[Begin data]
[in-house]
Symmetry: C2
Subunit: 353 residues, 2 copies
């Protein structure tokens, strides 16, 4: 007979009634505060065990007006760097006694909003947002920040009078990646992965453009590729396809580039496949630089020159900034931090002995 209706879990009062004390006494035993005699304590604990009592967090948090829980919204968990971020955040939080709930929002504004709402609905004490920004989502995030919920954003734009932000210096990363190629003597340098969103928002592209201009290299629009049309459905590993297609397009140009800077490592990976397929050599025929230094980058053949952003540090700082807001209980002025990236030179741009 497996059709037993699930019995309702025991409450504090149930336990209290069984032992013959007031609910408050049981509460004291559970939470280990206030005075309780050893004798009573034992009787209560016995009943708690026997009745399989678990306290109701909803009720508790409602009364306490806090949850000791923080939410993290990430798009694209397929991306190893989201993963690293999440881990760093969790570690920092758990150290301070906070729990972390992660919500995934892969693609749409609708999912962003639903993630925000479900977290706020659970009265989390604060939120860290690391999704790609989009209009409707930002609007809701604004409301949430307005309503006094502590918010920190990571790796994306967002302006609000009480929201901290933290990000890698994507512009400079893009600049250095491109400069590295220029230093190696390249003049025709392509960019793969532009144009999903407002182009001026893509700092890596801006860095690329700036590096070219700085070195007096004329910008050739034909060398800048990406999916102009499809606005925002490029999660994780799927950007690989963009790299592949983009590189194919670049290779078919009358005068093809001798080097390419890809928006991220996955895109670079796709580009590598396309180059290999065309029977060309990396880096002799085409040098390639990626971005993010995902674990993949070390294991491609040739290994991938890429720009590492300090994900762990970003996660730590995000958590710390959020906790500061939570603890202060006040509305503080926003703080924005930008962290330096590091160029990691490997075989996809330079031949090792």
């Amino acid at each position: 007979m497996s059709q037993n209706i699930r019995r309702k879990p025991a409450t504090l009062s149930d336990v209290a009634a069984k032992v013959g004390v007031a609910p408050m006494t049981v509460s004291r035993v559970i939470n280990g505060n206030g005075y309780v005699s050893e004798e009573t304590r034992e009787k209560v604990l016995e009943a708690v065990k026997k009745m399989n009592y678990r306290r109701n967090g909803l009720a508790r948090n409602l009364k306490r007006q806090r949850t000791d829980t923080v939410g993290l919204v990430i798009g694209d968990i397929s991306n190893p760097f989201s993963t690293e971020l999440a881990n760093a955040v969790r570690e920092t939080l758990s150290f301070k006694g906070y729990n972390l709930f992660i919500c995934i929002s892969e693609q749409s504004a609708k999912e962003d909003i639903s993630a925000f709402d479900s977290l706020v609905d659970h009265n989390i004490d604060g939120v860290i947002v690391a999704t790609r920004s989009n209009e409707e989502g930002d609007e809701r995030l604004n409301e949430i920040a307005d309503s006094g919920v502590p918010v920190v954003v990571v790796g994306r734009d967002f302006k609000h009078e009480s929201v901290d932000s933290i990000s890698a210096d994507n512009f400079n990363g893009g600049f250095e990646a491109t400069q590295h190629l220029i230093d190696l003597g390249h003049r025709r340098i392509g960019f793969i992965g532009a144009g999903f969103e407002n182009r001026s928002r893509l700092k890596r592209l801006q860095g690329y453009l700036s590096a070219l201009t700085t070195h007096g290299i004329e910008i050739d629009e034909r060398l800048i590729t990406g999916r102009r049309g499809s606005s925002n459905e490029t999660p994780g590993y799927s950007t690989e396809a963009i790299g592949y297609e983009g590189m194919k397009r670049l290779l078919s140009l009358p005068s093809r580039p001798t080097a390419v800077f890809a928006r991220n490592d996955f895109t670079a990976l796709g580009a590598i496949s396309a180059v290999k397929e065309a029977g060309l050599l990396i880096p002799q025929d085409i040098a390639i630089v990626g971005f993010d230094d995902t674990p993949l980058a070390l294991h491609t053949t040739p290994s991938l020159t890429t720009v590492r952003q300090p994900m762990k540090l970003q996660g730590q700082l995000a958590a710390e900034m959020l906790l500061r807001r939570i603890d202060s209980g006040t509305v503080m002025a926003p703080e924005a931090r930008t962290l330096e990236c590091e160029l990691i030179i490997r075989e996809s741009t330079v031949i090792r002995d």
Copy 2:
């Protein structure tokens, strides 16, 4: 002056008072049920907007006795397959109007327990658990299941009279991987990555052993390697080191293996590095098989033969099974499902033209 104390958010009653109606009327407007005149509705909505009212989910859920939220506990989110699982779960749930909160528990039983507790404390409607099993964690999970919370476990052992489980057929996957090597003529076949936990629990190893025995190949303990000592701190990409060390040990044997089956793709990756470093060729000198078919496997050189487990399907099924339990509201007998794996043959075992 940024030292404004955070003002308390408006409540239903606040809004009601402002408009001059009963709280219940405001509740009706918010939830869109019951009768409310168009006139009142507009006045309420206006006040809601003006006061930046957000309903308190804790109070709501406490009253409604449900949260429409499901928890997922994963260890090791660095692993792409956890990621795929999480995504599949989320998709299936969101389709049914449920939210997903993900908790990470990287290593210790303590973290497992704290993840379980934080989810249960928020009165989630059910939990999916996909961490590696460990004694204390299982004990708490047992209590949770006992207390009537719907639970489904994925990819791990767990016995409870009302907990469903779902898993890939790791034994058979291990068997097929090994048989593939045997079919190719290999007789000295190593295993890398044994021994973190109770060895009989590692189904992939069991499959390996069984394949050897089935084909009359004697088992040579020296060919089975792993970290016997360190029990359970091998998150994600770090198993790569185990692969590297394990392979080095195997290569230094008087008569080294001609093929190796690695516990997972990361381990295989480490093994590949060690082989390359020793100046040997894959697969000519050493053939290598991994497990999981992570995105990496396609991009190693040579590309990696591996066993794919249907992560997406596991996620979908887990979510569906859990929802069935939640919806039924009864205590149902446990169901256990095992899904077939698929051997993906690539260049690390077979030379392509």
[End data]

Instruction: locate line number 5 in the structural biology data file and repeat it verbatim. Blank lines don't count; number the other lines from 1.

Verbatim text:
């Amino acid at each position: 007979m497996s059709q037993n209706i699930r019995r309702k879990p025991a409450t504090l009062s149930d336990v209290a009634a069984k032992v013959g004390v007031a609910p408050m006494t049981v509460s004291r035993v559970i939470n280990g505060n206030g005075y309780v005699s050893e004798e009573t304590r034992e009787k209560v604990l016995e009943a708690v065990k026997k009745m399989n009592y678990r306290r109701n967090g909803l009720a508790r948090n409602l009364k306490r007006q806090r949850t000791d829980t923080v939410g993290l919204v990430i798009g694209d968990i397929s991306n190893p760097f989201s993963t690293e971020l999440a881990n760093a955040v969790r570690e920092t939080l758990s150290f301070k006694g906070y729990n972390l709930f992660i919500c995934i929002s892969e693609q749409s504004a609708k999912e962003d909003i639903s993630a925000f709402d479900s977290l706020v609905d659970h009265n989390i004490d604060g939120v860290i947002v690391a999704t790609r920004s989009n209009e409707e989502g930002d609007e809701r995030l604004n409301e949430i920040a307005d309503s006094g919920v502590p918010v920190v954003v990571v790796g994306r734009d967002f302006k609000h009078e009480s929201v901290d932000s933290i990000s890698a210096d994507n512009f400079n990363g893009g600049f250095e990646a491109t400069q590295h190629l220029i230093d190696l003597g390249h003049r025709r340098i392509g960019f793969i992965g532009a144009g999903f969103e407002n182009r001026s928002r893509l700092k890596r592209l801006q860095g690329y453009l700036s590096a070219l201009t700085t070195h007096g290299i004329e910008i050739d629009e034909r060398l800048i590729t990406g999916r102009r049309g499809s606005s925002n459905e490029t999660p994780g590993y799927s950007t690989e396809a963009i790299g592949y297609e983009g590189m194919k397009r670049l290779l078919s140009l009358p005068s093809r580039p001798t080097a390419v800077f890809a928006r991220n490592d996955f895109t670079a990976l796709g580009a590598i496949s396309a180059v290999k397929e065309a029977g060309l050599l990396i880096p002799q025929d085409i040098a390639i630089v990626g971005f993010d230094d995902t674990p993949l980058a070390l294991h491609t053949t040739p290994s991938l020159t890429t720009v590492r952003q300090p994900m762990k540090l970003q996660g730590q700082l995000a958590a710390e900034m959020l906790l500061r807001r939570i603890d202060s209980g006040t509305v503080m002025a926003p703080e924005a931090r930008t962290l330096e990236c590091e160029l990691i030179i490997r075989e996809s741009t330079v031949i090792r002995d």